Aim to water in the morning, or as early in the day as possible. This helps to retain moisture and prevents the water from evaporating throughout the warmest parts of the day, especially if in direct sunlight. Avoid watering your lawn later in the day, as a damp lawn at night becomes more susceptible to a fungus infestation. 

If you’re able to collect rainwater in a waterbutt, your lawn will be a little happier. This is the natural and preferred water your lawn is craving thanks to its neutral PH levels, but tap water will suffice and won’t harm your lawn.

David Truby, Managing Director of Greensleeves Lawn Care, adds “It is common to underestimate how much water a lawn needs to look its best. Fortunately living in the UK, nature is great at providing most of the time, but during dry periods it is hard to get enough water onto a lawn manually. A good lawn care tip is that a sprinkler is a must and as a rule of thumb, probably leave it on twice as long as you think is necessary.”

You can also consider a professional hydration treatment to ensure your lawn receives the moisture it needs to thrive. During this process, a high quality wetting agent is applied to the grass to help the standard rainfall or watering system better absorb into the soil. The wetting agent encourages the roots to absorb existing water, even the morning dew when it wouldn’t usually be able to as the water can sit on top of the soil. This creates a more even absorption of moisture across your lawn due to the different grass types retaining water at different levels usually. 

Mow Smart 

Cutting your grass at a higher height than usual will help your lawn to retain more moisture, as more grass blades will be left intact. Aim to keep your lawn at 1-2” in height and use a sharp blade to mow the lawn as a blunt blade will contribute to that patchy look as some blades are missed.  One of the most common mistakes we make on our lawns is that they are cut too short, so raising the cutting height of the blades makes such a difference. It doesn’t mean the lawn needs cutting any more frequently but it will be much healthier and better looking for it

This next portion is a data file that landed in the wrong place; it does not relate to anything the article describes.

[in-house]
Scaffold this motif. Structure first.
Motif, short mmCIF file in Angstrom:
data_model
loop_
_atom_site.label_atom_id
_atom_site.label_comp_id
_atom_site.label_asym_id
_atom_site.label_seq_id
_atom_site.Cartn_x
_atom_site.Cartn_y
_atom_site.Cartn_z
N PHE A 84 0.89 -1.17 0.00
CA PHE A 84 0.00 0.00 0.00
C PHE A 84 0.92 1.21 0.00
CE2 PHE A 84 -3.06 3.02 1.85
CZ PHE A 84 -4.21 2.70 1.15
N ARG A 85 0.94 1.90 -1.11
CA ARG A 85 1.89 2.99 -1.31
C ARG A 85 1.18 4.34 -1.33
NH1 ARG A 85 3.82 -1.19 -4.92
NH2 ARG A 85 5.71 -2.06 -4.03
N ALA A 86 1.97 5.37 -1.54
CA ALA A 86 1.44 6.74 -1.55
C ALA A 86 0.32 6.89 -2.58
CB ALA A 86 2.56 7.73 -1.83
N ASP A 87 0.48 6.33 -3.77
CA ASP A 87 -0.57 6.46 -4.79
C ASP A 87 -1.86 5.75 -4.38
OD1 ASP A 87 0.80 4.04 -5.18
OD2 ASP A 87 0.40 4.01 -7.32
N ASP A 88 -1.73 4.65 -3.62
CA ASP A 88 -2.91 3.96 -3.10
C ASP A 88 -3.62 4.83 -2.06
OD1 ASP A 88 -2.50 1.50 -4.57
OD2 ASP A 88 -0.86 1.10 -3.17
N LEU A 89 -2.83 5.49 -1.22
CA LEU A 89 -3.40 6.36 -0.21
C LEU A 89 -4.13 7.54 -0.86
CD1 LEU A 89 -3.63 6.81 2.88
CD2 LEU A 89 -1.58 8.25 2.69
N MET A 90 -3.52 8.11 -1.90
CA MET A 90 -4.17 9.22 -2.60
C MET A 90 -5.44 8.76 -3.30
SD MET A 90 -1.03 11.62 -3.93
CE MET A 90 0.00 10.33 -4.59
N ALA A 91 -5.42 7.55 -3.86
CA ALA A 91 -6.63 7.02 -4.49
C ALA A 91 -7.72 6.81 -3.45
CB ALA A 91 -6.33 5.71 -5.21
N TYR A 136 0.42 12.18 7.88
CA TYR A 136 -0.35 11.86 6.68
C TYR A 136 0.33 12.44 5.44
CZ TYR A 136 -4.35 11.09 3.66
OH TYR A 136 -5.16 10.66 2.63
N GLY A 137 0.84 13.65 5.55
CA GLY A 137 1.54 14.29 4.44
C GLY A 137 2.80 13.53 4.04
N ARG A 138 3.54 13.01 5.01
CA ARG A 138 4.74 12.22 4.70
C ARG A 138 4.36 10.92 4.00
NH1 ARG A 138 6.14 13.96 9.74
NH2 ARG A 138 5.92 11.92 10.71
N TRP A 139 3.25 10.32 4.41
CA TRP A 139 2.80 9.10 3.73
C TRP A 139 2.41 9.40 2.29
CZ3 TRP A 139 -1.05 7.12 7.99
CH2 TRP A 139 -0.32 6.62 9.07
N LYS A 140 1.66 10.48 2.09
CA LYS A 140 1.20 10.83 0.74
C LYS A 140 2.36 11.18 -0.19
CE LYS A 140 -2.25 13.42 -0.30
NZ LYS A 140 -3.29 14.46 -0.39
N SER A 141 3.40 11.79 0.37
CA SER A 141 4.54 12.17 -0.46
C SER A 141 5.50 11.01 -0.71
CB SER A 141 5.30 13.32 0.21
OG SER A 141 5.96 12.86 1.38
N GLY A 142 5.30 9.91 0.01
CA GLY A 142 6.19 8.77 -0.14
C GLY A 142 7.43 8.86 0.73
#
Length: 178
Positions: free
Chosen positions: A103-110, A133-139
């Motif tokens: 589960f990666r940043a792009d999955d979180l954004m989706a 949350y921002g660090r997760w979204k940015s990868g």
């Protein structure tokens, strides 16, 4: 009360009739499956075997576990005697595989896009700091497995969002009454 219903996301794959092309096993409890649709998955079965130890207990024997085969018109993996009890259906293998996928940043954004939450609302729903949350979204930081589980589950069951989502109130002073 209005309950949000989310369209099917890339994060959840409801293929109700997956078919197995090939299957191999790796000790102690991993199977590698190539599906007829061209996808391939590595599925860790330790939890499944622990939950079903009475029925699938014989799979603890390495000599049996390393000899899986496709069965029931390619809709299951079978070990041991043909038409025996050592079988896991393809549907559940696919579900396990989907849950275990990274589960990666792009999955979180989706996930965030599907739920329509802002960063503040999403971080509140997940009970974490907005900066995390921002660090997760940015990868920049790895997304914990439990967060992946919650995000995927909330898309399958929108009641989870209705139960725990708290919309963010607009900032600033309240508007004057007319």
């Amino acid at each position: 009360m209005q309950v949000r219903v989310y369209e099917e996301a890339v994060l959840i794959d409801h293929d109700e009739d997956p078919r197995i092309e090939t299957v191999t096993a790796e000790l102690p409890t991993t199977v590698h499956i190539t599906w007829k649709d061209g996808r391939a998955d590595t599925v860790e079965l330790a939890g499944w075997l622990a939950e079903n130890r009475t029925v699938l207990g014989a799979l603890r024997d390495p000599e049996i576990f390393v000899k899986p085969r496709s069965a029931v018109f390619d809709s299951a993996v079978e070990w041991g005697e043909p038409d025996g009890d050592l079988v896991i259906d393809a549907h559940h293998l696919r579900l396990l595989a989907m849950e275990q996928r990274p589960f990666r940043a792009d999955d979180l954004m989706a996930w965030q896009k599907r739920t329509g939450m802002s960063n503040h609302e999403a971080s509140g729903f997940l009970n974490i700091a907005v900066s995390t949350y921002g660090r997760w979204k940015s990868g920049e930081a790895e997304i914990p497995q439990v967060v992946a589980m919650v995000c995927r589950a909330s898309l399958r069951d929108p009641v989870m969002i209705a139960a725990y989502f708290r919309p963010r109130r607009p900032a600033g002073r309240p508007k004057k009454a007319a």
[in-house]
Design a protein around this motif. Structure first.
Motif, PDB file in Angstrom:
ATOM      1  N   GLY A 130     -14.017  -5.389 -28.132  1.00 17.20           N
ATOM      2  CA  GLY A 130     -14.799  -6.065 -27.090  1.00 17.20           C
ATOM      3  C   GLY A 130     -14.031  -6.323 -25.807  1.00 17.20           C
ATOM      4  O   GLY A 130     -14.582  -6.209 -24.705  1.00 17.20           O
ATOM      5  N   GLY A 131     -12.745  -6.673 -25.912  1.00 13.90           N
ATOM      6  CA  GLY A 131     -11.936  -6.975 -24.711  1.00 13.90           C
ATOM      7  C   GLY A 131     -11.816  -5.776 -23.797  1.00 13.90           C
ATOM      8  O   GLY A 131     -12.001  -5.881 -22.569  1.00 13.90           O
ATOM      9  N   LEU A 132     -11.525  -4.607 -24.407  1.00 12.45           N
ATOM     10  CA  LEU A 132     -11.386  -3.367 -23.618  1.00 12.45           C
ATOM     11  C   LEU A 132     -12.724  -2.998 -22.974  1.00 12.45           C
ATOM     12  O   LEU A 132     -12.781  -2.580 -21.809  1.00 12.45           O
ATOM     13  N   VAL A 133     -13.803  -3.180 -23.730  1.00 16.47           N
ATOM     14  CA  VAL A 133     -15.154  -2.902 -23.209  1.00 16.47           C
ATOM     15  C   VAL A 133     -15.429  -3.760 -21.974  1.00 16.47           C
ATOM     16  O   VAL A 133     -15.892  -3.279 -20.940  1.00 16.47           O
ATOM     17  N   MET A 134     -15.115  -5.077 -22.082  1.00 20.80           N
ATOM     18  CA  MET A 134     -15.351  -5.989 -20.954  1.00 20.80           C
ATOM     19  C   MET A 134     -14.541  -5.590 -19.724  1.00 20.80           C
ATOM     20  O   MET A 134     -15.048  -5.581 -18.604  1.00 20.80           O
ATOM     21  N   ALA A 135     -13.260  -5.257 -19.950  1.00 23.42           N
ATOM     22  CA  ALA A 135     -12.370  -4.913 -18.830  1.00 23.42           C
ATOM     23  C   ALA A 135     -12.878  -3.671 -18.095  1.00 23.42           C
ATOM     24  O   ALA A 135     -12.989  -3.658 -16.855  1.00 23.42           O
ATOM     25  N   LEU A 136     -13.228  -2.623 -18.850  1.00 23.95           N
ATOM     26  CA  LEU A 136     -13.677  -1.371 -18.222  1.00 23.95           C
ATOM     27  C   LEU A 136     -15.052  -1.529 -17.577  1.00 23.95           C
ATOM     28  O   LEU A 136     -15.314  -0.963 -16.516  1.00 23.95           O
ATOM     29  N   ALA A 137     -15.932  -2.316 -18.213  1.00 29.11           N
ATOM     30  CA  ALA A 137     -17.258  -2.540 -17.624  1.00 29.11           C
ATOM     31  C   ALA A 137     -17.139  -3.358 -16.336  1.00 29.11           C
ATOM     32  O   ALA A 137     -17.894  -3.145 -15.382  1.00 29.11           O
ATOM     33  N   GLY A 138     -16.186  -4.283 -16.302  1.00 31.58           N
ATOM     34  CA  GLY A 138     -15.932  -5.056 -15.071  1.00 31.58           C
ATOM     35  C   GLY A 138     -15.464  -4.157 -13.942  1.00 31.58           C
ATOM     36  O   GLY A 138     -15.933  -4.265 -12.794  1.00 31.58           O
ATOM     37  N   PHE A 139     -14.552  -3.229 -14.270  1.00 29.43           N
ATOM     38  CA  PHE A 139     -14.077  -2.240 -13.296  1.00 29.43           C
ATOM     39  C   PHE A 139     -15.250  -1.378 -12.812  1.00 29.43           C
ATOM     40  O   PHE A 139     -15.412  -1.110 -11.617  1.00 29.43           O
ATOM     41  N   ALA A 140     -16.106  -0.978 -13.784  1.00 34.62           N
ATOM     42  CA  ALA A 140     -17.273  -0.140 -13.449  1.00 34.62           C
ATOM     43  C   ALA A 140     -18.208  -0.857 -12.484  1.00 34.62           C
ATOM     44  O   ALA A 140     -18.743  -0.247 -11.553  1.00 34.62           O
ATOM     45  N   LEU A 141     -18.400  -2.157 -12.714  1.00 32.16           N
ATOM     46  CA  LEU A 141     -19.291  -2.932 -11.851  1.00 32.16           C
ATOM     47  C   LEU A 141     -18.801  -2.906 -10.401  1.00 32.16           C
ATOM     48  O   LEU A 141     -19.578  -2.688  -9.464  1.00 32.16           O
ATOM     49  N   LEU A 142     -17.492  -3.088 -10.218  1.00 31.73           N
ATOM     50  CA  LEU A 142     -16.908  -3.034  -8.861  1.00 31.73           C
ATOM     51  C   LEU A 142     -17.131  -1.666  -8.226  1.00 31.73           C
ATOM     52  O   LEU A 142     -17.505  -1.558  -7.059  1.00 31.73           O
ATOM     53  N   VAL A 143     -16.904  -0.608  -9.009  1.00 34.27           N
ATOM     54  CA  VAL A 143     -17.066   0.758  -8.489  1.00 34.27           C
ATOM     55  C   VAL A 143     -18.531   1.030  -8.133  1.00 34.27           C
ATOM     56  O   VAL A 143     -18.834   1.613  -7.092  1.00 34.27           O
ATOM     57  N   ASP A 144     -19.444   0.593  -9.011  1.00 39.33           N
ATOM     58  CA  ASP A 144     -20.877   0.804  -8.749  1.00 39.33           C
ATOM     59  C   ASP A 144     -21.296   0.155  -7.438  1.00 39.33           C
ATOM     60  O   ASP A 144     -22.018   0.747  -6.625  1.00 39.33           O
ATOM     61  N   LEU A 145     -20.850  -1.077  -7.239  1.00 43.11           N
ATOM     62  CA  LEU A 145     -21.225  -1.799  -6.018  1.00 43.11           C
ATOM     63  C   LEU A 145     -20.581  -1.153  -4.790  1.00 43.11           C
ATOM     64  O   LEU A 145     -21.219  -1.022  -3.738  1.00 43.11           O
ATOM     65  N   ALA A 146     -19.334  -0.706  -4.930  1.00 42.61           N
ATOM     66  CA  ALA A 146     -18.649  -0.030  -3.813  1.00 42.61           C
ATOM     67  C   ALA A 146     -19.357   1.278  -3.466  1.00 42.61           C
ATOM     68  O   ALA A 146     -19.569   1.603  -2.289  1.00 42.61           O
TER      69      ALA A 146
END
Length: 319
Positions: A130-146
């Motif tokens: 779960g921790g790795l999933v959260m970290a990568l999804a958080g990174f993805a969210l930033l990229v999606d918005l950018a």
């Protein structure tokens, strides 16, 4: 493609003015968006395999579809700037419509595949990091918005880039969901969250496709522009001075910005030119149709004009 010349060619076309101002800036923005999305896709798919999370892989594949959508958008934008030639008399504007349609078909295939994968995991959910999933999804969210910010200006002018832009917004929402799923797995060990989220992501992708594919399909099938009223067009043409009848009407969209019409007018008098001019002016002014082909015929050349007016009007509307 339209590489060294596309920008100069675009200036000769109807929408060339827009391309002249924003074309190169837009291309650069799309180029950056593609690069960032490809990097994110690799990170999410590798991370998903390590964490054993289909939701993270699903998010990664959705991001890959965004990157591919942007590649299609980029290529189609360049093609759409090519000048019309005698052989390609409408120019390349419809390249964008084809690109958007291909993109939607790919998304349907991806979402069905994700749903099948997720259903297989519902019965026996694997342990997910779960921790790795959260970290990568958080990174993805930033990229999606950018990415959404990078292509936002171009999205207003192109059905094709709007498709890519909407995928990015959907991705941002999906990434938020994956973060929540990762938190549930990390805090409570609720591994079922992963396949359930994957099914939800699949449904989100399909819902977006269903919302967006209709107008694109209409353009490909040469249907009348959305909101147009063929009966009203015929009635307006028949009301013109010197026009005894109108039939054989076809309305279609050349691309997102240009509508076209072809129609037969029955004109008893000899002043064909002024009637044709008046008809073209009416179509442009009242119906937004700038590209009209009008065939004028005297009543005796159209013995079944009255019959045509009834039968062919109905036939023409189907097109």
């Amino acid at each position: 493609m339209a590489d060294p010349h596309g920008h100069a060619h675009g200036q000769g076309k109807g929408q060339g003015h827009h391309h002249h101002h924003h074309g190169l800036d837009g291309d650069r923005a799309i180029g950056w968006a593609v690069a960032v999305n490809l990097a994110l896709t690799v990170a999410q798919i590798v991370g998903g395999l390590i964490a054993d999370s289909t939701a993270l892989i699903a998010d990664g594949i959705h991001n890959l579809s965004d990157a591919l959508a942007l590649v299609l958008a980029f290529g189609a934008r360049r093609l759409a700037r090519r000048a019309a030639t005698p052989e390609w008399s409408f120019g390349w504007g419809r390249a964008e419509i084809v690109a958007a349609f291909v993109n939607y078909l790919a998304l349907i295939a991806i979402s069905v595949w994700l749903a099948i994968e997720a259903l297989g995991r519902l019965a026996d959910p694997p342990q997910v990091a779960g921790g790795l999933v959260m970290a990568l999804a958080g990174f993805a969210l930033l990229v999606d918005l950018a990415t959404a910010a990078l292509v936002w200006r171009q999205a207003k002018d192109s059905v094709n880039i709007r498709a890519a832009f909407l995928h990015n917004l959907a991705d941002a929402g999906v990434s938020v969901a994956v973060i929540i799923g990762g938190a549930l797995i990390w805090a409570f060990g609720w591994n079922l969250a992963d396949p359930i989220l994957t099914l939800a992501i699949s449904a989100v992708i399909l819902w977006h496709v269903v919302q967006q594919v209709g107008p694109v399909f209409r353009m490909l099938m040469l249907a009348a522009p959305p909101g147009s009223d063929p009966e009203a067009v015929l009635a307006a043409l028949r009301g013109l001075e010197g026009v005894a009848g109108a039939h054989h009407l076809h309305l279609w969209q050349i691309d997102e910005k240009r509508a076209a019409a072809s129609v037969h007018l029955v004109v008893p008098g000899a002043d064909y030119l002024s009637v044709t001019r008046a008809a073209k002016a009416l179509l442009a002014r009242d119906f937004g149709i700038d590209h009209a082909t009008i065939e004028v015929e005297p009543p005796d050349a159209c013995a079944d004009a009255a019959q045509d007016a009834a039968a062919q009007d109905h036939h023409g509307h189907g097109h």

It’s recommended to mow your lawn regularly once per week throughout the peak growing times of April to June and September and October. The hottest summer months will likely lead to a slower growth period, so you can be more relaxed with grass cutting. 

Once you have finished mowing the lawn, always rake the lawn to remove the grass clippings as this can lead to moss and thatch. Thatch is the dead grass which starts to collect between the tips of the grass blades and the soil. A little thatch is nothing to worry about, but when it becomes too dense, it can stop enough water and nutrients from getting to the root, and lead to a dry lawn even if you have been watering it sufficiently. 

A top tip is to cut your grass in different directions each time. This not only makes it less boring for you, but also helps your grass to remain healthy looking. If you mow in the same pattern each time, your grass ‘learns’ this pattern and begins to tilt that way. Mowing in a different direction keeps the blades of grass more upright which leads to a fuller looking lawn. 

Aeration

Aeration is the process of removing small plugs of soil from your lawn, usually carried out by a specialist, to enable water, oxygen and fertiliser to better penetrate the roots.  Greensleeves Managing Director adds “It is one of the most important but underused services that we provide – it can benefit a lawn in so many ways but it does need to be done regularly and at least once per year.”

Aeration helps to solve your lawn’s compaction issues which happens naturally over time and allows for better drainage. Whilst aeration can help to drain a waterlogged lawn, this treatment can also help a drought lawn to recover. As the soil is perforated through aeration, the soil compaction is lessened, and allows the roots to grow deeper and therefore soak up more nutrients, along with better water retention.